Breathing new life into New Street
We spent seven years transforming one of Britain’s worst stations into one of its best by building a stunning, cathedral-like atrium that floods passengers with daylight.
Birmingham New Street station refurbishment Project summary
Alejandro Zaera-Polo & Maider Llaguno, Atkins, Faithful & Gould
Construct, Construction management, Cost consultancy, Consult
UK and Europe, UK - Midlands, south-west England and Wales
- Start date
- August 2008
- End date
- September 2015
Stations are increasingly becoming destinations in their own right, acting as a catalyst for inner city regeneration. Birmingham New Street station and Grand Central’s redevelopment has boosted daily passenger capacity from 170,000 to 240,000 as well as dramatically improving the overall passenger experience.
Every week the team had to solve challenges due to the complexity of a station located in the city centre with trains arriving or departing every 37 seconds, as well as issues such as crumbling 1960s concrete and the presence of significant asbestos. As Network Rail’s Delivery Partner we built ‘one team’ with us, our client and the design team collaborating to overcome these and many other challenges.
The new station concourse is five times the size of the original station with a striking triple height atrium topped with a ‘bubble’ roof made from ETFE, a fluorine-based plastic. Sitting above the station, is Grand Central, Birmingham’s newest premium shopping destination housing more than 60 new stores and a major new 23,000 square metre John Lewis store.
Points of note
Removing challenging asbestosThe existing station building had high levels of asbestos. We drew up an asbestos management strategy and led a team who worked 60,000 hours to remove it safely. This impacted the programme and the overall budget but was essential before demolition works could commence.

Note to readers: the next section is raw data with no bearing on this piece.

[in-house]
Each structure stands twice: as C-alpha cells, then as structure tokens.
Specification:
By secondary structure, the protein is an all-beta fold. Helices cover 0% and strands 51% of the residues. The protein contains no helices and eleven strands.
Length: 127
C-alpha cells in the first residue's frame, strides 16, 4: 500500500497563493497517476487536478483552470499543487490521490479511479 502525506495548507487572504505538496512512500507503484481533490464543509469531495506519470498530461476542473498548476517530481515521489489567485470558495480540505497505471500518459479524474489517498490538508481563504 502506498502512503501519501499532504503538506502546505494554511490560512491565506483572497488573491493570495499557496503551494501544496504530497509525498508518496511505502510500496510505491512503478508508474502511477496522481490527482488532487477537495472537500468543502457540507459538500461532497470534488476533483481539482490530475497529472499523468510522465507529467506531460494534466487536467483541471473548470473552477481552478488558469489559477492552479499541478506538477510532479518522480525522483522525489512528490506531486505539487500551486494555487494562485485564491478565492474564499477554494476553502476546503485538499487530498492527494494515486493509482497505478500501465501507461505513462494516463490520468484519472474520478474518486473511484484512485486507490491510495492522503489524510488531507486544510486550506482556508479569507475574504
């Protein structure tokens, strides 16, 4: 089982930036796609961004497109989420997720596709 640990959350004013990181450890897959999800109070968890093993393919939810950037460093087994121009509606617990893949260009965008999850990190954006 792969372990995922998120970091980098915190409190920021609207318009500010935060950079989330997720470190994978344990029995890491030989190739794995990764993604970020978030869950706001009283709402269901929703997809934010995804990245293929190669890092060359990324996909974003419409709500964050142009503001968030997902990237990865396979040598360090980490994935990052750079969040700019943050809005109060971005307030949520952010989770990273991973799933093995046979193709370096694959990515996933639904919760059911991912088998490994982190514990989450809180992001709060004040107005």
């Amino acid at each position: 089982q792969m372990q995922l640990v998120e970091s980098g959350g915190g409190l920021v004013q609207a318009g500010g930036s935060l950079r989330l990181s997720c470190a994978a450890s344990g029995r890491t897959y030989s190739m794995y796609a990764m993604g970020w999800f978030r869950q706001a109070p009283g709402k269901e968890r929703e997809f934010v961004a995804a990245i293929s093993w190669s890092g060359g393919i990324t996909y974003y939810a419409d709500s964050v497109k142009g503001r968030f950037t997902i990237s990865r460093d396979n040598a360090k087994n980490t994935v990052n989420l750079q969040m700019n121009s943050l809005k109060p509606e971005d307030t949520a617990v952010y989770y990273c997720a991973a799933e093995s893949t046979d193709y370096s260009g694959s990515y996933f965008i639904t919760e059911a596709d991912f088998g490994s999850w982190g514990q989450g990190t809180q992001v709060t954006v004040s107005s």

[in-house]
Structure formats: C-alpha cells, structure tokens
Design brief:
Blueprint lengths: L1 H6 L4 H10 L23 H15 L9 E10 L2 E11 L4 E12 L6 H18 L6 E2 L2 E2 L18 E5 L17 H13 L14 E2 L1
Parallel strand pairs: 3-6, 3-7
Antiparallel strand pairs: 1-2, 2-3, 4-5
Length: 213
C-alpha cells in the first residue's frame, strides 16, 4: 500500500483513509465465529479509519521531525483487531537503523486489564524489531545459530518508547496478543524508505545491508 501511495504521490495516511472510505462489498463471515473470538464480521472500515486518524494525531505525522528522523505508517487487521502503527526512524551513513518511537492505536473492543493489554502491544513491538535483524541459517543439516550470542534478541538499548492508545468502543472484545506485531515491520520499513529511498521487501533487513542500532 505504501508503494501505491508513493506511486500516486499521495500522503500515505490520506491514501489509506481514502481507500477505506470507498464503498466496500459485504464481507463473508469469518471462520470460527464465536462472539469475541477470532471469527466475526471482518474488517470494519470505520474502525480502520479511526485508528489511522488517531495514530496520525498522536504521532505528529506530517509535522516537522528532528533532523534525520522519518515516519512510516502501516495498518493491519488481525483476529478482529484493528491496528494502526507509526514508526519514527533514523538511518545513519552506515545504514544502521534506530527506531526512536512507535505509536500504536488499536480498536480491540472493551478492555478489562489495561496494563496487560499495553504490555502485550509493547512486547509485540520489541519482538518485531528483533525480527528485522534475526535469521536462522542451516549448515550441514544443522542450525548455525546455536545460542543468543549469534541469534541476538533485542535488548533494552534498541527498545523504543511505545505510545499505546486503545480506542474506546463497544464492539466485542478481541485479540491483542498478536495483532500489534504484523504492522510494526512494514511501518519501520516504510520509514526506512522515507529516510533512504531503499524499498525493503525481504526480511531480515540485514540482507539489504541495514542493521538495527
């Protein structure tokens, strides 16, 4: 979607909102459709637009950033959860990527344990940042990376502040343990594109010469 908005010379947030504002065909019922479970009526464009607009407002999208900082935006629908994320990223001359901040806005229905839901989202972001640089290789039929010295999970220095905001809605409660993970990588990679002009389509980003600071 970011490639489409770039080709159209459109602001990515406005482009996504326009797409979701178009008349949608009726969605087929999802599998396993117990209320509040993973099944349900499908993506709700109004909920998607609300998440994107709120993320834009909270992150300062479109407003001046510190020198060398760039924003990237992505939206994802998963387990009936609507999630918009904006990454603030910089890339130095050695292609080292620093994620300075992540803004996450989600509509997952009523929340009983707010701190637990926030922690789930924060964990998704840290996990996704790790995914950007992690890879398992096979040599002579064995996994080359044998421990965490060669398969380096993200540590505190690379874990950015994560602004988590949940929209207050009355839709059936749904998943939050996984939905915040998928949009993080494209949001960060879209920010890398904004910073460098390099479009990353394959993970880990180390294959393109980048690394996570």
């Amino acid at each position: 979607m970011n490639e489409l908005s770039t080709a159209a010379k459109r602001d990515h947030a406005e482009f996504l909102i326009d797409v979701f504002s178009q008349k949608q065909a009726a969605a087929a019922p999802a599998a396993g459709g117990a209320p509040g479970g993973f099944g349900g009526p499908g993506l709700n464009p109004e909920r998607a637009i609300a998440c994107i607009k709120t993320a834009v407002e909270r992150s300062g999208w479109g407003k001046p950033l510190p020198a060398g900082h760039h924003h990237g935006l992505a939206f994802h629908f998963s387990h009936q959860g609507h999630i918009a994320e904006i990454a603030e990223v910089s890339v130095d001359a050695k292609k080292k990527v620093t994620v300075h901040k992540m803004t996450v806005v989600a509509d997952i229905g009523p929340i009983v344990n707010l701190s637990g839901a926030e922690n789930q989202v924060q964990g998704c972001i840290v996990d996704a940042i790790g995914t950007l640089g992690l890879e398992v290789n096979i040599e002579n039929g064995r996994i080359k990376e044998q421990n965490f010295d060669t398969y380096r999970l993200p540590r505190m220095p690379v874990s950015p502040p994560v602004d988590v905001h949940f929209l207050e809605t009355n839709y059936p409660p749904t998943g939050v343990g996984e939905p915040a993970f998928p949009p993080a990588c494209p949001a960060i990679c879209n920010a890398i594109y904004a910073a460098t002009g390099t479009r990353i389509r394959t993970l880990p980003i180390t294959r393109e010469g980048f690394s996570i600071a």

A heavy weight to bearOur lead designer and specialist engineers worked with us to design a method to transfer 200 tonnes of steel onto the existing concrete roof. Taking place over two weekends in 2015, this heralded the start of us forming our signature atrium roof.
From two weeks to 57 hoursTo move a temporary modular passenger tunnel, we used our 3D building information modelling (BIM) and lean construction techniques to test and streamline construction and installations sequences. We reduced the initial two-week programme to just 57 hours with no station closures.
‘Mega Muncher’ reduces programme from 12 months to 6We joined forces with a local demolition contractor to develop a bespoke, remote controlled excavator called the ‘Mega Muncher’. By enabling us to crush concrete quietly, we could work on site 24/7 and cut our planned programme to remove 6,000 tonnes of concrete from 12 months to just 6.
Modular services save time and costWe developed a modular ‘service spine’ that was prefabricated off site in 24 modules and installed in just 15 days. This innovation alone saved over 10,000 working hours on site and reduced carbon emissions by 57%.
Fostering health, safety and wellbeingWe truly believed in the importance of health, safety and wellbeing of our workforce. We drove the right behaviours throughout our supply chain by setting KPIs and running market-leading initiatives.
“Passengers using the station are ‘significantly happier with their station experience’.”
“The station redevelopment has been a key project for the city, stimulating economic growth and regeneration. This is sure to have a catalytic effect on further regeneration of the city centre and attracting businesses to Birmingham.”
“The work Network Rail has done with Mace to develop Birmingham New Street station has been extraordinary. Together we have transformed a dark, unwelcoming and overcrowded station with poor access for passengers beyond recognition.”